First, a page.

Face Off
Date Published29 January 2015
Price£ 7.99

Face Off

by David Baldacci (Editor)

Eleven short stories featuring some of the best known protagonists and authors in the field, set mainly in America and covering most types of crime with the occasional twist of horror or the supernatural.


This is my idea of the ideal holiday read. Eleven individually crafted short stories featuring some of the biggest names in crime fiction. Each is short enough to be read over a drink before dinner or while you’re lying by the pool. There’s no complicated plot or cast of characters to remember. Each, as befits the professionalism of its authors, who between the 23 of them have dominated the bestseller lists for many years, is a little gem in itself.

It takes as much, if not more, skill to present a protagonist in this sketch form as developing the character over 300+ pages. It is enormously to the credit of the writers and editors that none is ever overshadowed. This book is the fourth venture by the International Thriller Writers. And following one of ITW’s few rules – never follow anyone else’s ­– all the stories were donated to avoid contractual hassles – and in a complete break with tradition, each writer allowed his or her major protagonist to be paired with another.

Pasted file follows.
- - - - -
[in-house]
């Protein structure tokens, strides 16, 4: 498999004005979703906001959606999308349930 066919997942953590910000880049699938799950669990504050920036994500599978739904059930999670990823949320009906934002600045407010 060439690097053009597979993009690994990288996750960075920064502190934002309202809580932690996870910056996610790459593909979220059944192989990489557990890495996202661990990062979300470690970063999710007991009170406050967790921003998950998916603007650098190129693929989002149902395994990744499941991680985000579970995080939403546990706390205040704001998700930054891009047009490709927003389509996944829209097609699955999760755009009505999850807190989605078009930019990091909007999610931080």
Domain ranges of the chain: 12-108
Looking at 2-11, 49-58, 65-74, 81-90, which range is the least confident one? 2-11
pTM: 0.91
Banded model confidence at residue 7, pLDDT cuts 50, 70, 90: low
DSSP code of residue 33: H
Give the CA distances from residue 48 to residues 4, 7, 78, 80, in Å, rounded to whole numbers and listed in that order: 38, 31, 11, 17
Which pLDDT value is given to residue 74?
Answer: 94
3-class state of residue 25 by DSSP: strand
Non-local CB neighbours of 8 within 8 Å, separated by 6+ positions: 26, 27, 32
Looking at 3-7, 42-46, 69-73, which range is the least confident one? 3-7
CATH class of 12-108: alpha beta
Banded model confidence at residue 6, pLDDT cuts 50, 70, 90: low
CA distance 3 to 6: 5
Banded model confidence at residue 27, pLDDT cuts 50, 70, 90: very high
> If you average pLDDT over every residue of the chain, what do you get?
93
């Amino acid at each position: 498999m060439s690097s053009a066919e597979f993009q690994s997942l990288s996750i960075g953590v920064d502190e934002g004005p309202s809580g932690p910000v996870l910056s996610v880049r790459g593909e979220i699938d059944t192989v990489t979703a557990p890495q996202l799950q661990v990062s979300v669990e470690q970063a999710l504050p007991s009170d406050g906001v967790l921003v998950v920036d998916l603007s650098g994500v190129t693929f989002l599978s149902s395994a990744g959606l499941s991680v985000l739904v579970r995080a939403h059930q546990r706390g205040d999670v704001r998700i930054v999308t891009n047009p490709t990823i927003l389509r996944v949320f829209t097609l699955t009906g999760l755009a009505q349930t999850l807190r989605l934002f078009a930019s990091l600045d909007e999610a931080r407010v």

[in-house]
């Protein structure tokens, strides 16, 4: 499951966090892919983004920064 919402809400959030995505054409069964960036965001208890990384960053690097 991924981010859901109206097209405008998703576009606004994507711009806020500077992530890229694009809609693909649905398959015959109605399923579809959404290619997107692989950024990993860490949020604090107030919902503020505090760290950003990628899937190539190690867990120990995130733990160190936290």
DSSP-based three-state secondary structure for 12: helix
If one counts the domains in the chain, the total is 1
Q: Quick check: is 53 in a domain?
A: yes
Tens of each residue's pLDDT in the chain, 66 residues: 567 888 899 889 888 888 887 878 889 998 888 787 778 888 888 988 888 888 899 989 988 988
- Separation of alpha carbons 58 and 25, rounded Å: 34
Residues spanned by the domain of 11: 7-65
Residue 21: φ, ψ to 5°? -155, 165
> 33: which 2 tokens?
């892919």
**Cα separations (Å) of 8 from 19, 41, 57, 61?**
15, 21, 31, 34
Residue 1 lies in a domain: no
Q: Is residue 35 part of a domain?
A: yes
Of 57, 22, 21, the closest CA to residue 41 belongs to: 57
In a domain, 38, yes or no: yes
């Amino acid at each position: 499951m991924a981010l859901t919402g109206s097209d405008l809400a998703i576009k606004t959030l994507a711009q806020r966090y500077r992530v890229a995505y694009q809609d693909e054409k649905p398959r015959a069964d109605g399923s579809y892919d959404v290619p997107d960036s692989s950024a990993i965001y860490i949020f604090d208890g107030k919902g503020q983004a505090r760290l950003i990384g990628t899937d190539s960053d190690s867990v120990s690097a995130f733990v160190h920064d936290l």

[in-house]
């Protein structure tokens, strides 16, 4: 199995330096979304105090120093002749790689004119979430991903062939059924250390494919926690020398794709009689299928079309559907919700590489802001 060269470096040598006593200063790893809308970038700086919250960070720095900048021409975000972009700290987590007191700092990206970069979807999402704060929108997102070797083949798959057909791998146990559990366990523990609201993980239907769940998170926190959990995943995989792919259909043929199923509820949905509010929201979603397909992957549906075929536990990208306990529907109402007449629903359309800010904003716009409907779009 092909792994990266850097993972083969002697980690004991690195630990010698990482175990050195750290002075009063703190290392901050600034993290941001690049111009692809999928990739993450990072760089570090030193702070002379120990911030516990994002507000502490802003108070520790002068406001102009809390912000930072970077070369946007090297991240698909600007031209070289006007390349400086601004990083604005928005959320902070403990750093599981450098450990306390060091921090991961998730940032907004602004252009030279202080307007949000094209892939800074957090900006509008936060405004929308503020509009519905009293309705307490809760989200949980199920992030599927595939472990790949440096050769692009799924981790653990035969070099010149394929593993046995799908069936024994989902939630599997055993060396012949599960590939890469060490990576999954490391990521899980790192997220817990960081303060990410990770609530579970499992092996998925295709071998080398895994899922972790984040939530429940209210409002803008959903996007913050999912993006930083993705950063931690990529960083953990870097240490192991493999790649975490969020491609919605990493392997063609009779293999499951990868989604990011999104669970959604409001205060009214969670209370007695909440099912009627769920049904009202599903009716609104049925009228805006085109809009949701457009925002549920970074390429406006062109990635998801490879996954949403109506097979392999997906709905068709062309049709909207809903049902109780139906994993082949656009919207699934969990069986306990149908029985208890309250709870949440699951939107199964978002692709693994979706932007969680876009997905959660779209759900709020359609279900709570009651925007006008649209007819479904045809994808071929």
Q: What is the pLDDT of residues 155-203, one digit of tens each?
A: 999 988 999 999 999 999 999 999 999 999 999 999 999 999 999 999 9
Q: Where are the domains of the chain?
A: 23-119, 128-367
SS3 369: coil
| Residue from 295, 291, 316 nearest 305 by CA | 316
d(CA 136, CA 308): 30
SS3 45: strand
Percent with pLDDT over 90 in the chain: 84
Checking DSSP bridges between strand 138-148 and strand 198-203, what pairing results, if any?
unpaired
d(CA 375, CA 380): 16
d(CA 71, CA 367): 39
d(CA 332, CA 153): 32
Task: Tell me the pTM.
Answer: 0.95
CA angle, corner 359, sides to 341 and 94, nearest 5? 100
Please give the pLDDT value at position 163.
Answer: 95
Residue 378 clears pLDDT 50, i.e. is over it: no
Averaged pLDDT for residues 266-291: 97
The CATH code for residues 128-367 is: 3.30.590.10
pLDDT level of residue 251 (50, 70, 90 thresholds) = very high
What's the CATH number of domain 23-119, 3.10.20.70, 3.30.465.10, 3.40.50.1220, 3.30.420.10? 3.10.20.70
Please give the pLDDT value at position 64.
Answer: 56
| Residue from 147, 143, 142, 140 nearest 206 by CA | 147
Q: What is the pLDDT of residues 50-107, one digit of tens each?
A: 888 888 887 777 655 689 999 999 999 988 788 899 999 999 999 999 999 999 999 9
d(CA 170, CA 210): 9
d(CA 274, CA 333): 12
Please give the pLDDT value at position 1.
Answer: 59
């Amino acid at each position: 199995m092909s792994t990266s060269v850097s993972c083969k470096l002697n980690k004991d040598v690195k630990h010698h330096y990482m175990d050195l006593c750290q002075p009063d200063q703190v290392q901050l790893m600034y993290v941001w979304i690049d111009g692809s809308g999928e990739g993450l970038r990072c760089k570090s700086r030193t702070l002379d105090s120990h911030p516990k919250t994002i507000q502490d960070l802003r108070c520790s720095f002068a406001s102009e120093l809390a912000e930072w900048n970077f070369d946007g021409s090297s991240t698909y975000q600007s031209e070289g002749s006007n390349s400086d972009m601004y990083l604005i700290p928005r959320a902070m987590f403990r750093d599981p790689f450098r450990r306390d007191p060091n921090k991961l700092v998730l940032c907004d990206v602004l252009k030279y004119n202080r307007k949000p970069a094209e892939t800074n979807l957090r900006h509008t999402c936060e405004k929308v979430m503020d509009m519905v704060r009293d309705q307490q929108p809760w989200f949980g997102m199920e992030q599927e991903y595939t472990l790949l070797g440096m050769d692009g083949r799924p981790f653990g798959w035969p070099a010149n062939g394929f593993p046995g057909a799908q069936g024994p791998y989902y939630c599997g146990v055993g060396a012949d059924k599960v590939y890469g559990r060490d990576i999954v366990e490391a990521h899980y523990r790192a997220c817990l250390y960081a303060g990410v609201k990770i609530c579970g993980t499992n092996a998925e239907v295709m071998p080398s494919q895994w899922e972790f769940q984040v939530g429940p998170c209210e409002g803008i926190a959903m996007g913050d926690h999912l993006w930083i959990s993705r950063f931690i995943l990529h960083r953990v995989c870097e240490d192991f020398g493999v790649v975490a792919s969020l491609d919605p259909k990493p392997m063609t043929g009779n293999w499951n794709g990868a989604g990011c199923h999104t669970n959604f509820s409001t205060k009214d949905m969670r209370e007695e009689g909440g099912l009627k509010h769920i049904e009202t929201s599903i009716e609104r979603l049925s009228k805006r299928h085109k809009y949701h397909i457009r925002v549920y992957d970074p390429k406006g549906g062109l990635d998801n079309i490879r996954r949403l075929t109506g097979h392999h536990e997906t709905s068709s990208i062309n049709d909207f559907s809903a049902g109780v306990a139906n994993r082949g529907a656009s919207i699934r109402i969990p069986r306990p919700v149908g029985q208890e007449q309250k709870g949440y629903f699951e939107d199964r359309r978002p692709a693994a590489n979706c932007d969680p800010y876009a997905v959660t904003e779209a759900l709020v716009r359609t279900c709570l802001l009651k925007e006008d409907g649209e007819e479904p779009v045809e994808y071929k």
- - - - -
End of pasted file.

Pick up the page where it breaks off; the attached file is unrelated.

Thus, Lee Child’s Jack Reacher bumps into Joseph Finder’s Nick Heller in a Boston bar during a televised baseball game; John Sandford’s Lucas Davenport teams up with Jeffrey Deaver’s Lincoln Rhyme to hunt a serial killer; F Paul Wilson’s Repairman Jack is matched with Heather Graham’s Michael Quinn and Paul Madriani (Steve Martini) takes on Alexandra Cooper (Linda Fairstein) in a clash of the legal eagles.

And it’s all brilliantly stitched together with brief synopses of the stories and author profiles by Baldacci, who knows a thing or two about writing himself, but couldn’t resist a sly dig at the idea of the 6ft 5”, 20+ stone walking wall of aggression that is ex-military policeman Reacher being played on film by the tiny Tom Cruise!

It’s not fair to try to pick a favourite. Even writers I’ve not come across before stepped effortlessly up to the plate with some of the genre’s iconic names. If I had to choose, I’d go with the Reacher/Heller combo who feature in a simple, almost casual, tale which says everything you need to know about both of them.

How the authors did it, I don’t know. Half and half each? Both write and then rewrite? Individual or joint plot lines? Who takes over where? However it was done, it’s superb. Face Off is a book to keep and re-read whenever you’re in need of a quick lift.

Reviewed 06 June 2015 by John Cleal